ECONOMY

Serbia sells euros after Kosovo declaration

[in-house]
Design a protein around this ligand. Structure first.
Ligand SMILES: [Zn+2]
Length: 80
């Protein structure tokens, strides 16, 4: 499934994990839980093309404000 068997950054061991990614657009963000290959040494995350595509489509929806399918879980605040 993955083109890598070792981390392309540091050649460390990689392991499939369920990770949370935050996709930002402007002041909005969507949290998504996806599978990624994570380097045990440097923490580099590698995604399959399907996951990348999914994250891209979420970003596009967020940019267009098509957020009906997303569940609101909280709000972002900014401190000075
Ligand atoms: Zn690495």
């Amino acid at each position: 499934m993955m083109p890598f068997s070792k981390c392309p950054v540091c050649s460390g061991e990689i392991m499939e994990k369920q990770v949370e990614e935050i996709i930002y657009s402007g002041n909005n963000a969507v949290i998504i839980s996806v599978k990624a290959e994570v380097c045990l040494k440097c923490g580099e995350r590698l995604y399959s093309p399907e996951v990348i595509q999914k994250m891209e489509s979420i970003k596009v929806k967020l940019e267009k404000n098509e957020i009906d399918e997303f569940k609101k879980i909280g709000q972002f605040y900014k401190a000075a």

BELGRADE (Reuters) – Serbia’s central bank stepped into the foreign exchange market to support the dinar yesterday, a day after the province of Kosovo unilaterally declared independence. Two ratings agencies said the news would not immediately affect the country’s debt ratings, but they and some analysts added that the future of Serbia’s relations with the European Union would be a key factor for the future. Meanwhile, the central bank, which had raised interest rates by 75 basis points earlier in the month, left its key policy rate on hold despite price pressure concerns. The central bank sold -10 million to banks in the interbank market to help the dinar, which has lost 4.3 percent so far this year. Banks had refrained from buying and selling earlier in the day, seeking direction. «This was totally uncalled for,» one currency dealer said. «The dinar was fairly stable and there is liquidity, it’s just that no one really wanted to test any direction.» The dinar was priced at 83.53/83.64 to the euro at 16.40 Greek time. Ratings agency Standard & Poor’s said Kosovo’s secession would not affect credit ratings (BB-/Stable/B) for now but these may well depend on the country’s future attitude to the EU and its future fiscal and economic policies. Fitch Ratings said the destabilizing influence of Kosovo had already been factored into Serbia’s long-term foreign and local currency ratings of BB- but its disputed recognition carried risks, from «inflaming nationalist sentiment within Serbia» to halting Serbia’s EU drive. Explaining its decision to keep its key two-week repo rate unchanged at 10.75 percent, the central bank said lower-than-expected January core inflation gave no immediate reason to tighten further, but it would continue to monitor prices and act if needed. «Considering that January core inflation of 0.3 percent was lower than expected, and that the rates were last changed at the start of February, the Monetary Board considers that right now there is insufficient information about the impact of monetary policy tightening on core inflation,» its statement said. But the first three months of the year were likely to see strong price pressures, it said, adding that inflation would depend on fiscal expansion, rising global inflation, higher energy prices and stronger than usual currency swings. The bank raised its two-week repo rate by 75 basis points on February 6, on growing signs it could miss its 2008 core inflation target of 3-6 percent. It sees core inflation at 7.0 percent and headline inflation at 11.0-11.5 percent at the end of March. Simon Quijano Evans at Unicredit in Vienna said everyone was waiting for further reactions to the Kosovo situation in Belgrade. «What we need to see is what happens with Serb-EU relations, whether the Serbs will put that on freeze.» Some hardline Serb politicians want Belgrade to cool ties with countries that recognize Kosovo as an independent state, and the ruling coalition is split on whether Serbia can continue on its path to EU membership. Hardliners in the government say the EU must choose between Kosovo and Serbia, and give up on its supervisory mission to Kosovo if it wants Belgrade to join the EU. Richard Segal, fixed income strategist with Renaissance Capital in London, said the political implications of Kosovo’s secession will be complicated to untangle. «But from at least one perspective, Serbia’s credit rating should improve. Serbia had on its books about $1.3 bln of claims against Kosovo. However, it had not received any revenues from the province for servicing these claims,» Segal told Reuters.